Unlike other meats, when pairing wine with lamb there isn’t a universal rule to follow. Generally, robust red wines go well with lamb's lightly gamey taste, but in some cases these may overpower the meat and ruin your meal. The best wine and lamb pairings depend on the lamb's cut and how you're cooking it so it is best to decide first how you are serving the lamb, and pair your wine accordingly.
Its versatility lends itself to a wide variety of preparations: cut from the rack, roasted and served with herbs and vegetables, simmered in a hearty stew, threaded onto kebab skewers, or ground and shaped into meatballs or burgers. Many flavours complement lamb, so you will often find it cooked using a variety of herbs, spices, and seasonings such as garlic, rosemary and thyme.
Spring lamb cuts served pink is very tender and lighter in style so will demand a delicate, elegant pairing.
Rosé Champagne; especially made from Pinot Noir grapes is something everyone must try. For a special treat we recommend BOLLINGER Brut Rose NV.
Dry, fuller bodied Rosé from South of France would be an excellent paring too; I would suggest Tavel or Bandol. Don’t be put off by their dark colour; this often indicates that the wine has some tannins left from grape skins to add complexity and richness rather than sweetness.
If you fancy red wine and the young lamb cuts are accompanied with fresh herbs like rosemary and thyme, then look no further then Pinot Noir. A fresher ‘European’ style of Pinot Noir from Burgundy or Germany will provide a juicy, red berry fruit balanced by hints of earthy notes, fine tannins and good natural acidity. Pinot Noir from Southern Hemisphere and America will provide more richness and intensity. My personal favourite wound be DOMAINE DROUHIN Pinot Noir 'Roserock' from Oregon which will certainly take your dish to another level.
Roast lamb served with sauce/gravy (medium to well done) is a richer and more complex in flavour and will require a heavier red wine.
An ideal paring would be a younger vintage of a Bordeaux blend (Cabernet Sauvignon / Merlot / Cabernet Franc) which is fruit driven rather than overly mature. It’s rich tannins will make the meat feel more tenderer and the complexity from oak aging will pair beautifully with herbs and spices of the dish. A good quality Sangiovese from Tuscany or a complex Rioja Reserva will work equally well. The mesmerizing LA RIOJA ALTA Rioja Reserva 'Vina Ardanza' will be simply perfect.
My personal favourite pairing with a roast lamb is a Northern Rhône Syrah. This is a fresher style and a bit more perfumed red in comparison with a classic Australian (Barossa) Shiraz. Syrah with no doubt will enhance your roast lamb by its elegance, freshness, and a touch of pepper spice in the glass that can also work beautifully with the texture of the meat. Choose from Crozes Hermitage, Cornas and Saint Joseph or for a special treat consider PAUL JABOULET Hermitage 'Maison Bleu'.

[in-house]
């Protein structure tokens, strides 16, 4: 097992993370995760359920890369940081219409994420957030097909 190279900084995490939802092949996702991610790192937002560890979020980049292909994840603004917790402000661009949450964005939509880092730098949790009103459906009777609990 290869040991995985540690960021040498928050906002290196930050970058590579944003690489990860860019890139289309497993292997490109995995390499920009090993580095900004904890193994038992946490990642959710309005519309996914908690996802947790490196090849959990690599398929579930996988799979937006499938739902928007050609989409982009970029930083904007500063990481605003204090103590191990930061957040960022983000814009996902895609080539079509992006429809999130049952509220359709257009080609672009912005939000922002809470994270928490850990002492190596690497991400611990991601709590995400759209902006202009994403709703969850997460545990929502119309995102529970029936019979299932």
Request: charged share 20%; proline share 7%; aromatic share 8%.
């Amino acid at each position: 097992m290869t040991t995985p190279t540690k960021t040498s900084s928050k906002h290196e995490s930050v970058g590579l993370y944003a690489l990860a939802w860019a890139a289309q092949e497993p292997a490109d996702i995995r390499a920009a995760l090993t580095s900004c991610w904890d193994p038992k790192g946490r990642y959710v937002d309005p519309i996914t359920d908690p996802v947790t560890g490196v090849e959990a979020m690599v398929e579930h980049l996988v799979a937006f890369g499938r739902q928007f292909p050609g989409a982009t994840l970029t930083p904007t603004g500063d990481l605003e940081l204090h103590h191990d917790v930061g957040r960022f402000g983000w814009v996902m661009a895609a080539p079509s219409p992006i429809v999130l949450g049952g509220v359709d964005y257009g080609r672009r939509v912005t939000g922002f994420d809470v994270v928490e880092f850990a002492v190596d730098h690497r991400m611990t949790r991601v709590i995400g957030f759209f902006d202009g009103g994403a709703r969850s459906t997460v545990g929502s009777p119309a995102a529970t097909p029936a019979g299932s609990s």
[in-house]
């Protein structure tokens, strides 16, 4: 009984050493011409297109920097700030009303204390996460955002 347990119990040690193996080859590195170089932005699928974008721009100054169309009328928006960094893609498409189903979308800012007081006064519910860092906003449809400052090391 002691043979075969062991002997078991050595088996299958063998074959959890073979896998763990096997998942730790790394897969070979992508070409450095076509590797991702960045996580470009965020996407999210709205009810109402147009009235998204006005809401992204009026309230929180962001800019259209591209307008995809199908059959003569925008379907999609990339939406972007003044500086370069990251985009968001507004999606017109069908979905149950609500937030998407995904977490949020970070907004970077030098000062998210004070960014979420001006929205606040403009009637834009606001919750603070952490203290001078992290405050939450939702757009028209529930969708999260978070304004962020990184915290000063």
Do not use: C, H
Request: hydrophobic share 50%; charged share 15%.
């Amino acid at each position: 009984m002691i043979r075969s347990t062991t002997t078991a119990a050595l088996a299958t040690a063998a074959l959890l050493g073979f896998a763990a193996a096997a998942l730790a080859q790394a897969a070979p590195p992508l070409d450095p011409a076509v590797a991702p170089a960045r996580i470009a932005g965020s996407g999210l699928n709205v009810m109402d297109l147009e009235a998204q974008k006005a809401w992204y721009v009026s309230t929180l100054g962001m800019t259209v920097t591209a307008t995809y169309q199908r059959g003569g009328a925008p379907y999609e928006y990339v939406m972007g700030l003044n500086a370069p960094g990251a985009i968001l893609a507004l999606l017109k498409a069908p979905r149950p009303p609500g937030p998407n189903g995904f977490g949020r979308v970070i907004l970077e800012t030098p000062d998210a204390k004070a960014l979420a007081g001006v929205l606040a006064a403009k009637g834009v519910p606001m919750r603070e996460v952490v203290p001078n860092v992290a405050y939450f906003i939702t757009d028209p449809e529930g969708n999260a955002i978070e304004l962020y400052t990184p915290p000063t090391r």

Shoulder of Lamb
Slow-roast shoulder of lamb or lamb shank is a fattier, bursting with flavour dish and will demand a robust wine that has a greater balance of tannins, fresh acidity and a developed flavour, ideally with a little bottle age to draw out the flavours of the meat.
Wines from the Southern Rhône (Grenache based) like Châteauneuf-du-Pape and Gigondas will seal the flavours fantastically but a good Cote du Rhône will tick the boxes also. There are some lovely examples of Grenache and Grenache-blends (often called GSM) made in Australia worth exploring. A slightly gamey Spanish red from Ribera del Duero is an excellent choice too.
If these don’t sound appealing, then you could also look to some classics like bolder styles of red Burgundy, like Gevrey-Chambertin or Pommard.
ARGIANO Brunello di Montalcino from Tuscany with its balanced rounded body and silky tannins will also offer a truly sumptuous match.
Exotic Lamb Dishes
Finally, with more exotic lamb dishes such as stews, tagines or koftas made with lots and lots of spices, dried fruit and garlic, a truly robust, rustic but not overly tannic reds will be ideal.
There are many excellent quality and value reds made in the South of France, such as in Côtes du Roussillon and Languedoc. This Lebanese ‘Rhône-like blend’ made by TANAIL WINERY Terrasses de Baalbeck 'Massaya' will be perfectly enjoyable.
These are just a few suggestions but there are, of course, many more. Please do visit our shops, drop us an email at firstname.lastname@example.org or message us in the online chat. We'll be glad to help!